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22 Facts That Prove The World Is Stranger Than You Think

The world is a stranger, more beautiful place than you could ever imagine.

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3. The Zhangye Danxia Landform in Gansu, China, is formed out of colored rocks resulting from red sandstone and deposits of minerals building up over the course of 24 million years.

4. A blue whale's heart is as large as a small car, with some arteries large enough for a human to swim through.

"Anim1754 - Flickr - NOAA Photo Library" by NOAA Photo Library - anim1754. Licensed under Public Domain via Commons -

11. Nobody knows where the water from Devil’s Kettle Falls in Minnesota goes. Water falls into a giant pothole without any discoverable exit.

Researchers have dumped multiple different kinds of materials into the falls, including colored dyes, logs, and ping pong balls, but no one has ever been able to figure out where it goes.

13. In 1969, scientist Ágúst Bjarnason found a tomato plant in the lava of the volcanic island of Surtsey. It had grown from the feces of one of the very few scientists allowed to visit the island.


14. The species of jellyfish called Turritopsis dohrnii is technically biologically immortal.


It is a very rare case of an animal that can revert back to sexual immaturity after having reached sexual maturity.

16. There is a place in southwestern Turkey called Pamukkale, where natural terraces containing hot springs form due to carbonate buildup. “Pamukkale” means “cotton castle.”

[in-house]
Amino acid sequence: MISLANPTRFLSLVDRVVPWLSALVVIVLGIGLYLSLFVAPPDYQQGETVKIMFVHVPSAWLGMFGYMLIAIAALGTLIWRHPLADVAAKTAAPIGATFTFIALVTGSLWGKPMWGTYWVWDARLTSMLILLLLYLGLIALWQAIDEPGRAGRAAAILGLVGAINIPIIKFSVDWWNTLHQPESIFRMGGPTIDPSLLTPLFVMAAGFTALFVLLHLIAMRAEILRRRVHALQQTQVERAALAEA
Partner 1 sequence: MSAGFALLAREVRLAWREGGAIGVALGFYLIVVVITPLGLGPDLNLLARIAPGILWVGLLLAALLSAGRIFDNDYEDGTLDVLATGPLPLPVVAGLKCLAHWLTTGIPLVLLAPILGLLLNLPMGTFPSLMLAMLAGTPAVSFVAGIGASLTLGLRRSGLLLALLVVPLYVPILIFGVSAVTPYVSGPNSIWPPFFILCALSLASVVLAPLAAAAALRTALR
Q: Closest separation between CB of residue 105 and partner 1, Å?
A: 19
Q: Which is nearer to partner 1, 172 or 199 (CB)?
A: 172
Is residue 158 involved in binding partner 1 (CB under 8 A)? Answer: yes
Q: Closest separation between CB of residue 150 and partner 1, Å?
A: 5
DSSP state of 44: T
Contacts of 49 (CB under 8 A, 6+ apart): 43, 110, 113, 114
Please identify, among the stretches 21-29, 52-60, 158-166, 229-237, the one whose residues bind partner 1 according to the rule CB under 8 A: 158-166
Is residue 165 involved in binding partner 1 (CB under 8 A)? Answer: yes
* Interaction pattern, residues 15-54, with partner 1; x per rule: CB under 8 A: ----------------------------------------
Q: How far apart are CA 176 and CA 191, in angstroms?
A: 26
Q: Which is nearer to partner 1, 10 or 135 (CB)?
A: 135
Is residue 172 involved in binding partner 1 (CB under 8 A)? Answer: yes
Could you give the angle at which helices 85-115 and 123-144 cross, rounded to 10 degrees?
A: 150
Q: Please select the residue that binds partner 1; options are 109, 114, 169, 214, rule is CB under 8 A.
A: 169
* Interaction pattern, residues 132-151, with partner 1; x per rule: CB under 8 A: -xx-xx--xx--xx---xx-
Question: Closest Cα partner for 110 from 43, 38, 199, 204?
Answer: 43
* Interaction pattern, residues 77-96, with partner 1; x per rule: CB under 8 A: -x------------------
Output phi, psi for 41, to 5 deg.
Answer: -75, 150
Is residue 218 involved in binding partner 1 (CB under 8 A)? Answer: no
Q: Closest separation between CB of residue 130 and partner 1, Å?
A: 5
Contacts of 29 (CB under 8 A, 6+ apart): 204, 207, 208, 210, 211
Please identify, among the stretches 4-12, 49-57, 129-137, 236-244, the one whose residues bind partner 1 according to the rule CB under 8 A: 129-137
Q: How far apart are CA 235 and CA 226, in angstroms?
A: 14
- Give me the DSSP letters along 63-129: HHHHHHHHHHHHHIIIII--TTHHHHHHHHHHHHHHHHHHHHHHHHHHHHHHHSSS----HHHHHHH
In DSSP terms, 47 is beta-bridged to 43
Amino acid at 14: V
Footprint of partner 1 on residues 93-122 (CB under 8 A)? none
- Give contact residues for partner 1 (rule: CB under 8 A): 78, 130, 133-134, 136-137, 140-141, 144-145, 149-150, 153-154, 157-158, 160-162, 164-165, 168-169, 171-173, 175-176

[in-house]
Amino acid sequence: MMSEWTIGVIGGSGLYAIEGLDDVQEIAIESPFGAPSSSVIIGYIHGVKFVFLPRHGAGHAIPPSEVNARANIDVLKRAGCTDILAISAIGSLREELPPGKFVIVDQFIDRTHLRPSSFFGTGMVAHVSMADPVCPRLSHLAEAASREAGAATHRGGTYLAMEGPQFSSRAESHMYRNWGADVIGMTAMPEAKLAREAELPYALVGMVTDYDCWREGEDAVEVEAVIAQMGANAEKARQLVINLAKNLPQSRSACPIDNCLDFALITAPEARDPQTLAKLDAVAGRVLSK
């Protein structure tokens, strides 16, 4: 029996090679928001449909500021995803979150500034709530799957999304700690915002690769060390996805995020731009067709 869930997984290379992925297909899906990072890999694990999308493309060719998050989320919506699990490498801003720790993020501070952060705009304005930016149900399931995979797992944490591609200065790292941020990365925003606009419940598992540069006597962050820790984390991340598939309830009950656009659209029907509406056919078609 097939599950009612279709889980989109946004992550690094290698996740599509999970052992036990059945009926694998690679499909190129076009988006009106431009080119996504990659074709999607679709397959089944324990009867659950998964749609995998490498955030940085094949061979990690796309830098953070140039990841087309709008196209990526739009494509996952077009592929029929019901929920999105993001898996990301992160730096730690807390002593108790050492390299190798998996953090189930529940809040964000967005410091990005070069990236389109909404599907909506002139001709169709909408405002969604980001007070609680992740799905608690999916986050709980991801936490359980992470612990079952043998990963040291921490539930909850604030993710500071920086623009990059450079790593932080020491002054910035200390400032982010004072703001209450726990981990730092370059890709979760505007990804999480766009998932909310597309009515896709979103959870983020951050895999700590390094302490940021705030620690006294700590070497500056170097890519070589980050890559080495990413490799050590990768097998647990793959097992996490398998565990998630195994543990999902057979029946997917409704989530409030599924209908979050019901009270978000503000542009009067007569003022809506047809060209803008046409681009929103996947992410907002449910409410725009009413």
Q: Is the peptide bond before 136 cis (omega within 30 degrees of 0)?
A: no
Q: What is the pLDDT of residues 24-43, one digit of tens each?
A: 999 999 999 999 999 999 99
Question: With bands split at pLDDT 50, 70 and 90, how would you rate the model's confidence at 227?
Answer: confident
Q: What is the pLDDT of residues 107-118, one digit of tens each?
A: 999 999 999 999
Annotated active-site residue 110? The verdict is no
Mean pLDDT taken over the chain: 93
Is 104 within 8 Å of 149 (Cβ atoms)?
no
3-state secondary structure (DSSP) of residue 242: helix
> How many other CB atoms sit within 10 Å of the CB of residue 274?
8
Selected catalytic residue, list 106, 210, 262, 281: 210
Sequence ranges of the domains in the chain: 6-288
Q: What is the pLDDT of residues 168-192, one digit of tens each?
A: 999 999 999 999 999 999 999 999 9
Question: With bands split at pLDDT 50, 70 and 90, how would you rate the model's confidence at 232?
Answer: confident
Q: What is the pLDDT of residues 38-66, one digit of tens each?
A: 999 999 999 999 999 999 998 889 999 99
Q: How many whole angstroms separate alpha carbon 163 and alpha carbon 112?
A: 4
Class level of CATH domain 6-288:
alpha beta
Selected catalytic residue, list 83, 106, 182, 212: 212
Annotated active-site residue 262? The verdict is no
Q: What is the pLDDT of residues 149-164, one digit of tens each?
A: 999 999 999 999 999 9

18. The world's largest cave wasn't discovered until 1991. Son Doong Cave in Vietnam could fit 15 of the world's largest aircraft carriers inside it, and the ceiling is high enough to contain the 47-floor Waldorf Astoria Hotel.

19. A small treehouse called La Casa del Arbol at the edge of a cliff near the Tungurahua volcano in Ecuador is home to "The Swing at the Edge of the World."

National Geographic

Hanging from the tree house is a swing that lets you fly over the precipice without any restraints or harnesses.

20. There is a massive, round sinkhole off the coast of Belize that’s 1,000 feet across and 400 feet deep.

National Geographic

It was formed by repeated periods of glaciation, and sits in the middle Lighthouse Reef. Because of that, the waters are often crystal clear, and is home to many unique varieties of fish, making it a popular destination for divers.

22. The roof of the “Glowworm Grotto” in the Waitomo Caves lights up like the night sky thanks to a luminescent species of glowworm called Arachnocampa luminosa that are only found in New Zealand.


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